Do you see the problem I have with this? As impressive as the writing seems on first glance (and this is a deft writer), as you begin to digest it, the three images compete with each other in a sort of dyspeptic stew. Dear writer, you are too good to let this happen, so I’d suggest a hard second look and that you select one metaphor/image to burnish.  I rather like your phrase about twisted internal topography because it echoes the beach location. Remember: Your setting should also MEAN something. You chose a craggy windswept beach for a reason — perhaps because it mirrors Heather’s tortured and lonely psyche? Something to think about.

Now, we should address the fact that nothing much is really happening here. We have a woman with a dark past walking down a beach stalked by demons. I’m okay with slow-build openings, but only to a point. Heather isn’t doing. She’s thinking. And while your set up is intriguing, if you stay in this woe-is-me reminiscence too much longer, your reader will get antsy for action.  Also, you cite the idea of a “screaming beach” in four versions.. You need to trust the reader to get it the first time and move on. Something has to happen. And thinking about your past isn’t enough. You must move the PRESENT plot forward. I’m going to show you an example of how this might work in the following edit. My comments are in red.

Heather
Victoria, Vancouver Island
Friday, October 6, 2017
7:05 AM I am an avowed-not-a-fan of taglines like this. Unless you are going to switch into multi-POVs and settings or time frames, I’d suggest finding a way to incorporate this info into the narrative. You do this well already by telling us it’s dawn and it’s fall, so just find a way to weave the locale. 

Every morning, I take a forty-five minute drive to my favorite screaming beach. Love love love this. But “favorite” implies she has more than one screaming beach. More powerful if you delete “favorite” imo, so it becomes the creepily possessive and deeply personal “my screaming beach.”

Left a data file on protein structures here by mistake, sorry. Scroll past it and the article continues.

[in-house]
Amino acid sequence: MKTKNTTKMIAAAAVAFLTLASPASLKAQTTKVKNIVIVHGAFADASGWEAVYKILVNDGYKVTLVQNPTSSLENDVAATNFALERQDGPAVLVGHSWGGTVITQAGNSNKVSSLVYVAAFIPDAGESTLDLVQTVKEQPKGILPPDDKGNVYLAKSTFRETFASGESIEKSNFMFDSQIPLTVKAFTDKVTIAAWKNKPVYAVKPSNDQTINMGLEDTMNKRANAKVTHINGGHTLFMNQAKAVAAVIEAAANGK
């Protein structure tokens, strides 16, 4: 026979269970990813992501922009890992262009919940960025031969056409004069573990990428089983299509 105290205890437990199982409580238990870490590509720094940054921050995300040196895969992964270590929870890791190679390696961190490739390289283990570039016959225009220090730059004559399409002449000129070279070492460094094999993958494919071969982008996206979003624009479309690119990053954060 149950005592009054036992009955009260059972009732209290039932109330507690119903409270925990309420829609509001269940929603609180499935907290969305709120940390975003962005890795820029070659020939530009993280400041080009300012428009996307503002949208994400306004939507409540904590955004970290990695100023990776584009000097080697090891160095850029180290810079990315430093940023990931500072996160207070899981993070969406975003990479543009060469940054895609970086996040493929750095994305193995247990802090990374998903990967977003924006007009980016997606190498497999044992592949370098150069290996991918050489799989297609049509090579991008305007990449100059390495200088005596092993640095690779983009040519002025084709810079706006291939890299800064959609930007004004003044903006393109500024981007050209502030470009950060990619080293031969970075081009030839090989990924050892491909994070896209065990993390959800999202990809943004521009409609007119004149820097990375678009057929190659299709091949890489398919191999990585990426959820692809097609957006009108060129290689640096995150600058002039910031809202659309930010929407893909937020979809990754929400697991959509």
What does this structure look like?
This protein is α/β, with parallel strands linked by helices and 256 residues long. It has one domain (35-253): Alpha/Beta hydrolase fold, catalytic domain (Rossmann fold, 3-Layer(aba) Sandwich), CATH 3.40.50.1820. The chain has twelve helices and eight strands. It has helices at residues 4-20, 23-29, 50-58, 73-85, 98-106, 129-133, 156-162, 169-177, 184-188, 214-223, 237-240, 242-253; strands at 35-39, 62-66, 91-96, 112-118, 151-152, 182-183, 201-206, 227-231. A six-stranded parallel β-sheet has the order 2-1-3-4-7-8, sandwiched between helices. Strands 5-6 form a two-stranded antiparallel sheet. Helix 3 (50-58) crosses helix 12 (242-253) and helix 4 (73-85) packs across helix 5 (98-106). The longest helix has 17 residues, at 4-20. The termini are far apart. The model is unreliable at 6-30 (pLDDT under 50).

Its rocky shoreline spills discretely Discrete means distinctive or unique. Discreet is means secret or modest. Because most folks confuse the two I’d find a better word off the edge of a remote provincial park. Decades ago, someone must’ve pulled heavy cargo ashore, because there’s a sandy clearing on the beach between the large rocks. It’s my runway to the sea, a path to the place where the tide meets the shore.   Second line is redundant. Love the runway image but maybe it could be stronger? It’s not just a path to the sea but rather a runway to, in her sad state, what the sea represents — freedom? Oblivion? You’ve missed a chance to make the metaphor mean more.  It’s where I stand every day, all year round, fiercely emptying my lungs at the horizon.  Another “screaming beach” reference. You’ve already told us she does this. Move on.

I get out of my truck, donning the gumboots that are always tucked under the passenger seat. I wait until my eyes adjust to the dawn’s low light, then walk through the long grass, over the crunchy seaweed, and along the sandy path that leads me to the water’s edge. I wait for a moment, allowing the roar of the sea to wash over me like an auditory embrace. Very pretty phrase but you call it a roar, so isn’t that at odds with the gentle phrase “auditory embrace”? Isn’t a sea-roar more of an sensory assault? I know this sounds like picking nits, but description must be precise for it to ignite the reader’s senses. As Poe said, every word, phrase and sentence you write must work to create a UNITY OF EFFECT to create consistent mood.  

The water is rough today, and the wind stings my eyes, lifting my long, salt-soaked hair around my head like the strings of a puppeteer. Autumn is my favourite season; I’d lose all the semi-colons. Nobody thinks in semi-colons. it’s the time when everything slows down and goes inward. Also, here is where you can tell us it’s October rather than relying on a tagline. It’s more connective to your character to have this info emerge via her thoughts and senses rather than in a bland tagline. Something like “October is my favorite month, a time when everything slows, blurs and begins to go inward. This time of year, it feels like the whole of Vancouver Island is retreating into the mist. (That’s awful but you get the idea). 

It also means that less fewer tourists stroll the beach, so I can spend as long as I like throwing my screams out into the vast foamy sea. This is the third reference to what she is GOING to do. We want to see her do it.